3. Expiry – If your preference is set to dispense as per expiry date, the inventory expiring first will be picked up first. For example, if there are 2 batches of this stock- one that expires in Jan, the other in Feb, the batch from Jan will be picked up for auto-dispensing at the time of billing.

4. Manual – At the time of Billing the pharmacist will manually select the batch of the Rx. This approach allows for maximum control but no automation is possible as everything is manual.

Do make sure that your Pharmacy Management System supports each of the batching methods, and that it has the option to vary the dispensing mode for each item of the inventory.


3. Support for Bar-code Scanning

Earlier in this article, I mentioned SKU Code as one of the basic details that you should be able to store in the system. Here you will see how this proves to be useful in Pharmacy Management.

SKU stands for Stock Keeping Unit and is basically a unique ID specific to an inventory so it can be easily identified when searched for. When you put in the SKU, it generates a machine-readable code that is unique compared to all the other inventories that you have in your pharmacy. This barcode is generally put on the Inventory’s Packaging, or an Inventory item may already come packaged with a barcode given to it from the manufacturer. This feature also helps you in billing patients easily as you need not type in the item details, just scan the barcode on the inventory package with the help of a barcode scanner.

As soon as the item is scanned, the cashier is provided with all the details specific to the product making it easy to bill you instead of manually putting in all the details one by one into the system. Make sure to go for a system that has this feature enabled.


4. Alert on Inventory Levels

For this feature to be functional, it is important to store the details of QOH and Re-Order Level as part of the basic details of the inventory. QOH refers to the current quantity of your inventory and keeps on decreasing as your pharmacist dispenses. Re-Order Level refers to the quantity threshold at which your software should alert you to place a new order for stock.

Your Pharmacy Management Software should have the capability to alert you via email/SMS or both, when this threshold is breached so that you place an order in time and never run out of stock, as that is revenue lost.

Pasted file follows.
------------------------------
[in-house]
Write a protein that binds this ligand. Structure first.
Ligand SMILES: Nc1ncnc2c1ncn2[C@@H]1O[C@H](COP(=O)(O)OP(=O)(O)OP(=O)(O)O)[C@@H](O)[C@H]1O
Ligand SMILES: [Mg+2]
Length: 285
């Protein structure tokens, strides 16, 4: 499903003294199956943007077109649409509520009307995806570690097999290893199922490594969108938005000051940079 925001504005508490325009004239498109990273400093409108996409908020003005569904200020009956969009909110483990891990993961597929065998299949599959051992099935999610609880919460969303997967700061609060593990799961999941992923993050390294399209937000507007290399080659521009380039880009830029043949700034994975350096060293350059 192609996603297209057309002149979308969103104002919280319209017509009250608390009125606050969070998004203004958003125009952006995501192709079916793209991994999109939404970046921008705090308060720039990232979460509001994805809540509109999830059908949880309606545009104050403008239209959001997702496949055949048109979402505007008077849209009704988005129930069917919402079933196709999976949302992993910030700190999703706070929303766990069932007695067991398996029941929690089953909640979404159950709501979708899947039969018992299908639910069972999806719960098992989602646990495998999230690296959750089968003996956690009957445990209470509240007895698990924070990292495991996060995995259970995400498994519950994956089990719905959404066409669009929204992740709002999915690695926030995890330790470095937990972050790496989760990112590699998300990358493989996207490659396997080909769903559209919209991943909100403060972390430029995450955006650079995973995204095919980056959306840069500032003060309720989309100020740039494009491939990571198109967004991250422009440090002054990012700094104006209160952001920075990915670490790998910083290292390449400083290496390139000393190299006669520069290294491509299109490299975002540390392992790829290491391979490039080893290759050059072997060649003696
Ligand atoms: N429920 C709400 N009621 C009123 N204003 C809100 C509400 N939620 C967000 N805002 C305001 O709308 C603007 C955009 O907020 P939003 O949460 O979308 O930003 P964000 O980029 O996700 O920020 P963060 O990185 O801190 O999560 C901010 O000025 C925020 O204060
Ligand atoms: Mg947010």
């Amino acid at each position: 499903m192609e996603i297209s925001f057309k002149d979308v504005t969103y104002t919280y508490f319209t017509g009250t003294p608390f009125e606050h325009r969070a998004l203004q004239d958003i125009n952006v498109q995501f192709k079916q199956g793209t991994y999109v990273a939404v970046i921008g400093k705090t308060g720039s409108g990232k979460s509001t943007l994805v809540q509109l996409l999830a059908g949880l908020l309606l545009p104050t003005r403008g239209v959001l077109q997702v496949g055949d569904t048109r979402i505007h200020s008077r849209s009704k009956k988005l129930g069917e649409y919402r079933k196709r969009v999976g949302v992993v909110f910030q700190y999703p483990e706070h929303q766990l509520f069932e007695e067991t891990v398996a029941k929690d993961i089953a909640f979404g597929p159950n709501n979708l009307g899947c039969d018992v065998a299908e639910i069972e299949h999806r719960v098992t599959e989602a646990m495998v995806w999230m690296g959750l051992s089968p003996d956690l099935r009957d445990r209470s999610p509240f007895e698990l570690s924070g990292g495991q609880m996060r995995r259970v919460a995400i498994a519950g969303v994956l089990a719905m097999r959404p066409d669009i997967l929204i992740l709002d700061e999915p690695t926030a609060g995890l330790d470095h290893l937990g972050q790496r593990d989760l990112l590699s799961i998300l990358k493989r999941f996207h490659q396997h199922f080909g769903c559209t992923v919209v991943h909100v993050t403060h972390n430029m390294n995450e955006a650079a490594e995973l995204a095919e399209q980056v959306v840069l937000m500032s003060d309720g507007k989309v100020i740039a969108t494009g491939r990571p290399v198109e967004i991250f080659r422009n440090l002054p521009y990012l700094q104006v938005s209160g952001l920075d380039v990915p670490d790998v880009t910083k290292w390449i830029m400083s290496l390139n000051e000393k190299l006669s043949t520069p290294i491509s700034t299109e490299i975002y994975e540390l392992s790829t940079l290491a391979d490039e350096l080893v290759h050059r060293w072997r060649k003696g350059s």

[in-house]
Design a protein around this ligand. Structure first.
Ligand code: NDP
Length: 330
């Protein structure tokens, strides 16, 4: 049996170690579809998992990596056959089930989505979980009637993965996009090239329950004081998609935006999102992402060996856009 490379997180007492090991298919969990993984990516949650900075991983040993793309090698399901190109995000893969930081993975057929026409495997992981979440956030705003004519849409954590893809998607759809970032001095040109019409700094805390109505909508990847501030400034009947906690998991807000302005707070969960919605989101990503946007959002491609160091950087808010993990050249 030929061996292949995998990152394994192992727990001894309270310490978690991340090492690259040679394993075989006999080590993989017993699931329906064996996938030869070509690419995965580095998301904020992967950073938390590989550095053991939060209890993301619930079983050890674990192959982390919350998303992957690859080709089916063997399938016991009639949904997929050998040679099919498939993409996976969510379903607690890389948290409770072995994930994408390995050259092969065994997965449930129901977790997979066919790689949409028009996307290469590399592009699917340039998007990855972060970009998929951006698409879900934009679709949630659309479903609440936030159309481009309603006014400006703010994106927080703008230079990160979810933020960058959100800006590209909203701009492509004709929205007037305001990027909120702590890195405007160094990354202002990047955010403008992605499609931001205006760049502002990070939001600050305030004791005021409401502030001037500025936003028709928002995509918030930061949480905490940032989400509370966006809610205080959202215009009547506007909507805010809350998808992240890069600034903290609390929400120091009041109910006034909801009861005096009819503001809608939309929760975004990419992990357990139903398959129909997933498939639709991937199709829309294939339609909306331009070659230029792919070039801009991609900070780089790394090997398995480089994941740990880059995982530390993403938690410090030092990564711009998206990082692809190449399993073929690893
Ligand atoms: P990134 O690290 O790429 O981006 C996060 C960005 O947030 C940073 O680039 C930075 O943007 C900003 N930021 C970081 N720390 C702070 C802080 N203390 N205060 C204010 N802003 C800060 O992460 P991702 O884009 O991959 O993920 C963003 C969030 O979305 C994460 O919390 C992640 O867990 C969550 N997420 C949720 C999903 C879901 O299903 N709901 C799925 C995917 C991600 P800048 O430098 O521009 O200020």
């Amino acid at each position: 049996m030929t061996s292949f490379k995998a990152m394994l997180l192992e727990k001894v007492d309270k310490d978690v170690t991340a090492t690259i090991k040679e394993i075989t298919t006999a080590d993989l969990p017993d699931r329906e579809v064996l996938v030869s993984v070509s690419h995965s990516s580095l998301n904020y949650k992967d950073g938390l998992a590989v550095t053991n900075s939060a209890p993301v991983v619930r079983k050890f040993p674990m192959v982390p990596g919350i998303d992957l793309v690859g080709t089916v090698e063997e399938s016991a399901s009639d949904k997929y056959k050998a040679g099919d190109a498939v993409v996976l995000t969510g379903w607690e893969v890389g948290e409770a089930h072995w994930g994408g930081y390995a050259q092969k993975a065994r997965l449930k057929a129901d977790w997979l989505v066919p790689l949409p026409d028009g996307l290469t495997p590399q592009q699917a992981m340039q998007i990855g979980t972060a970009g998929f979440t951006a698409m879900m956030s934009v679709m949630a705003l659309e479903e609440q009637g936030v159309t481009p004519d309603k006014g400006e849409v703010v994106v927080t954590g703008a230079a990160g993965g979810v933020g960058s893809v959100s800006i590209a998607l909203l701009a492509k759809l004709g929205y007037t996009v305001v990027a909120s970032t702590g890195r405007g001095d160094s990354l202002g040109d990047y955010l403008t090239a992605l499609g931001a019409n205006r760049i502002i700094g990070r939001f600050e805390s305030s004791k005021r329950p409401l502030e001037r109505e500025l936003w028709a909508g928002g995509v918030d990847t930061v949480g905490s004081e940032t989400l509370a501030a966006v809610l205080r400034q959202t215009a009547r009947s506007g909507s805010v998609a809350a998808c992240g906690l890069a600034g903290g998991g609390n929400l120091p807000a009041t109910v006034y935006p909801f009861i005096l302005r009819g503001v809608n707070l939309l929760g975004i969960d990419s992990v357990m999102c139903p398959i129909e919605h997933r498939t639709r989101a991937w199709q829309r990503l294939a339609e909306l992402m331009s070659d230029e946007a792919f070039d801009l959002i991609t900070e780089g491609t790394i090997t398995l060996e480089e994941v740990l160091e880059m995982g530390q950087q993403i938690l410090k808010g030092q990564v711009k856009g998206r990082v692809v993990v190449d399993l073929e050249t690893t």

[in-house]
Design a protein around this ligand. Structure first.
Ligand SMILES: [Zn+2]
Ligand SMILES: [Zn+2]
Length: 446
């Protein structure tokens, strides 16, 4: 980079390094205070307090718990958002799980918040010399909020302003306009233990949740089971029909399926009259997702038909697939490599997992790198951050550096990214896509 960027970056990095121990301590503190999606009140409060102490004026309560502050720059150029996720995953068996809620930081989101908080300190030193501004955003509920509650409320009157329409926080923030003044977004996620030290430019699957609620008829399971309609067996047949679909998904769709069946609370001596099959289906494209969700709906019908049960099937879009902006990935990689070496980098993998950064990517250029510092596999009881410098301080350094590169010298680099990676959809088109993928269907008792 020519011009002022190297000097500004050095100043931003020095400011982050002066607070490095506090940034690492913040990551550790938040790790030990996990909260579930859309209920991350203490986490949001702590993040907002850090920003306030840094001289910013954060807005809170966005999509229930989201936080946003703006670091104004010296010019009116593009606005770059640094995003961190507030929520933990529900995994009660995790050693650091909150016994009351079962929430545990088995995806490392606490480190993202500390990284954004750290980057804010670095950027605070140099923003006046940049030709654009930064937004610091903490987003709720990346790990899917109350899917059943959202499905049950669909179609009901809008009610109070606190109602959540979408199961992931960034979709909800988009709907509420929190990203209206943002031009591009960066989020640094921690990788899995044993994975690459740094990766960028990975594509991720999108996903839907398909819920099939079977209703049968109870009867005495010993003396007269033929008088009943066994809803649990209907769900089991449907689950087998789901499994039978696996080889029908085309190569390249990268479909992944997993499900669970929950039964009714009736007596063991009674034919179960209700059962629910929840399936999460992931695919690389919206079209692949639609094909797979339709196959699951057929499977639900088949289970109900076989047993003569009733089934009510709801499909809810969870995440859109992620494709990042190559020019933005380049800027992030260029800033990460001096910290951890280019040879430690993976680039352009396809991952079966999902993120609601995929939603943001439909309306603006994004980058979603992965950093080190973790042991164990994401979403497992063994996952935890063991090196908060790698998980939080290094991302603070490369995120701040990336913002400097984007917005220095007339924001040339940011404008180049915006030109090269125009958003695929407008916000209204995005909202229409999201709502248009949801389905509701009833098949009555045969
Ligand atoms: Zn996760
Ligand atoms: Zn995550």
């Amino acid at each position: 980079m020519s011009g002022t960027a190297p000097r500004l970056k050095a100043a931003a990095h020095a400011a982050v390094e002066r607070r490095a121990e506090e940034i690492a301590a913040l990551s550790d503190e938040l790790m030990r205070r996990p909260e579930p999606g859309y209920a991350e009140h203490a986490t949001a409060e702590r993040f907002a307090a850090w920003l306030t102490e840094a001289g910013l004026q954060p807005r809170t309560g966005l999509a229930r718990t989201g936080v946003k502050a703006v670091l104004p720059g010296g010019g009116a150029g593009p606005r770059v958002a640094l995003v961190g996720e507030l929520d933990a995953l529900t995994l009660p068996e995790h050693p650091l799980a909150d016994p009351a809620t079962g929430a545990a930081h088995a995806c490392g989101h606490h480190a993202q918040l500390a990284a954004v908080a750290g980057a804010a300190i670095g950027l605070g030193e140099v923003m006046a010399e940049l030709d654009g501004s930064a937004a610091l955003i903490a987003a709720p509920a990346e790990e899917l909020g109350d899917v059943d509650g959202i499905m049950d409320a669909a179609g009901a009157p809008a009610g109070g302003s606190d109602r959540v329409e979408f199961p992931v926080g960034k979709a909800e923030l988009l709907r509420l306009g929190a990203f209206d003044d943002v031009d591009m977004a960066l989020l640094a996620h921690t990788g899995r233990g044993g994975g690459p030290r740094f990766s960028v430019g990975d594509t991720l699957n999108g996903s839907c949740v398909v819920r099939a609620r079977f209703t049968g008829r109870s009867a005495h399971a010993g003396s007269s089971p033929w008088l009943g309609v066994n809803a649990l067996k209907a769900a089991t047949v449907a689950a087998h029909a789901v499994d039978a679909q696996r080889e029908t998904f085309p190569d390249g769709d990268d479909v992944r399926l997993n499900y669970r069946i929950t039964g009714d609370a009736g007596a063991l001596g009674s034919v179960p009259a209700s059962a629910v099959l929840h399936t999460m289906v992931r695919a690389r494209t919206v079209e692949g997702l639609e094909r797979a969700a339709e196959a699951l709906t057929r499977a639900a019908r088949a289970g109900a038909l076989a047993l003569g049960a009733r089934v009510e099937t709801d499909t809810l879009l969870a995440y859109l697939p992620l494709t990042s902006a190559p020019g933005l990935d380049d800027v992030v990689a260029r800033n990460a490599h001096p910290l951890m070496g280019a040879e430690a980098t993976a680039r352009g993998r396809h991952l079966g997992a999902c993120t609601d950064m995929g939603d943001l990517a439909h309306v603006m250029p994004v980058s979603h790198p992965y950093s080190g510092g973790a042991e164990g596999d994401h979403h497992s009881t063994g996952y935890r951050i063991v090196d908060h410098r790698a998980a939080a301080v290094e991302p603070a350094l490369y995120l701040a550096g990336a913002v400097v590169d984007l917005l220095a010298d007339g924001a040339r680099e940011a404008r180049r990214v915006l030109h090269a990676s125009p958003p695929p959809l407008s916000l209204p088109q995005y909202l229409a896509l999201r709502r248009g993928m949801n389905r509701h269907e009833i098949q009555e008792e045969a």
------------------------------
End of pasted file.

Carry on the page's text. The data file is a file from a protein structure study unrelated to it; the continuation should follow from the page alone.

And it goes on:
5. Stock Intake and Stock Transfer

  • Clinic to Vendor
    When you are out of stock of your inventory, you would call for your vendor to supply the same. Your provider should be able to support this. You should be able to raise a purchase order for the vendor and also track the same. When you intake stock, you should be able to put in details of each inventory being bought e.g. quantity purchased, pack size, free packs you got, buying and selling price, applicable taxes and so on. Once you have received the stock, the system should auto-update the quantities of the inventory received to reflect the purchase. Most large clinics usually put in a 2nd level check too, which requires incoming stock to be authorised by yet another person, so that deliveries are cross verified. The system should also raise a debit note on the vendor, in case the inventory quantity supplied is less than ordered, or a credit note, in case the extra stock has been supplied.
  • Clinic to Clinic
    In case you are having a clinic chain, there can be situations where you transfer stock internally. The flow to this would be similar to the stock intake from the vendor except that in this case, the supplying clinic should have its inventory reduced automatically, while the receiving clinic should have its quantity increased.


6. Stock Take

Stock-taking or “inventory checking” is the physical verification of the quantities and condition of items held in an inventory or warehouse. It is a manual process where the physical quantity of an item, currently on the shelf, is counted and compared with the QOH in the software. Discrepancies between your manual stock count and your electronic records allow you to pick up on a range of issues and put processes into place to ensure better stock control and management. Given its usefulness, your In-House Pharmacy Management Software should definitely have the support for Stock-Takes.


7. Reporting

At the end of the month, you should be able to tally the revenues generated by the movement of stocks. You should get details of the sale of each unit of an inventory or even if some has been disposed off or damaged, to ensure that you don’t end up losing out even a penny without it being accounted for.


8. Data Loading

As and when you plan to get your pharmacy live, you will definitely be having loads of data to put into the system owing to the large number of items that you will maintain in the pharmacy. Humanly, it is never possible to put in the details of each inventory one by one, no matter how many resources you put behind it. Even if you plan to do it, it will not guarantee you that the data entered into the system is free of any errors. So your software should have the facility to load in all the data from an excel/CSV file to make your startup pains go away.



All of these features combined will surely help you take your pharmacy to a whole new level. So keep this checklist handy and make sure the system you choose can answer YES to all of the above.